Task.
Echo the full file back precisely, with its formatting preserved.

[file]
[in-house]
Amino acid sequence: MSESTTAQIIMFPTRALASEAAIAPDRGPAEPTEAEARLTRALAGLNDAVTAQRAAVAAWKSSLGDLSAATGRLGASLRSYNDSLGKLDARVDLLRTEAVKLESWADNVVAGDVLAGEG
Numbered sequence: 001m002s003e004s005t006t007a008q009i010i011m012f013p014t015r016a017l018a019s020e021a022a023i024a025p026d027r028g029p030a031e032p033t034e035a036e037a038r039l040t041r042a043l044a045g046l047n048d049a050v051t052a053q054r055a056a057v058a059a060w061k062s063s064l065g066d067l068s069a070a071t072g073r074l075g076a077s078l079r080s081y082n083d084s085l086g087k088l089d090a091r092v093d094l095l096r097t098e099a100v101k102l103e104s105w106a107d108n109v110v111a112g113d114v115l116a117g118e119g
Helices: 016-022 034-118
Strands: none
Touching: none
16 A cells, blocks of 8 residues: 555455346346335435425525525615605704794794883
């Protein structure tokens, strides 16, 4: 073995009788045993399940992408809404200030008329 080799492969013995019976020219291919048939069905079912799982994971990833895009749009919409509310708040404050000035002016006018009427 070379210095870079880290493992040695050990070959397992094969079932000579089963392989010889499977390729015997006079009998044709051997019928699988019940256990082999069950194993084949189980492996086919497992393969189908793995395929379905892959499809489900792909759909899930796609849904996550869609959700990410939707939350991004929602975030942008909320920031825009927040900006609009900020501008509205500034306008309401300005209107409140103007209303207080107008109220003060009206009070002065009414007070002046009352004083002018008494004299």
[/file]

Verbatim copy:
[in-house]
Amino acid sequence: MSESTTAQIIMFPTRALASEAAIAPDRGPAEPTEAEARLTRALAGLNDAVTAQRAAVAAWKSSLGDLSAATGRLGASLRSYNDSLGKLDARVDLLRTEAVKLESWADNVVAGDVLAGEG
Numbered sequence: 001m002s003e004s005t006t007a008q009i010i011m012f013p014t015r016a017l018a019s020e021a022a023i024a025p026d027r028g029p030a031e032p033t034e035a036e037a038r039l040t041r042a043l044a045g046l047n048d049a050v051t052a053q054r055a056a057v058a059a060w061k062s063s064l065g066d067l068s069a070a071t072g073r074l075g076a077s078l079r080s081y082n083d084s085l086g087k088l089d090a091r092v093d094l095l096r097t098e099a100v101k102l103e104s105w106a107d108n109v110v111a112g113d114v115l116a117g118e119g
Helices: 016-022 034-118
Strands: none
Touching: none
16 A cells, blocks of 8 residues: 555455346346335435425525525615605704794794883
């Protein structure tokens, strides 16, 4: 073995009788045993399940992408809404200030008329 080799492969013995019976020219291919048939069905079912799982994971990833895009749009919409509310708040404050000035002016006018009427 070379210095870079880290493992040695050990070959397992094969079932000579089963392989010889499977390729015997006079009998044709051997019928699988019940256990082999069950194993084949189980492996086919497992393969189908793995395929379905892959499809489900792909759909899930796609849904996550869609959700990410939707939350991004929602975030942008909320920031825009927040900006609009900020501008509205500034306008309401300005209107409140103007209303207080107008109220003060009206009070002065009414007070002046009352004083002018008494004299």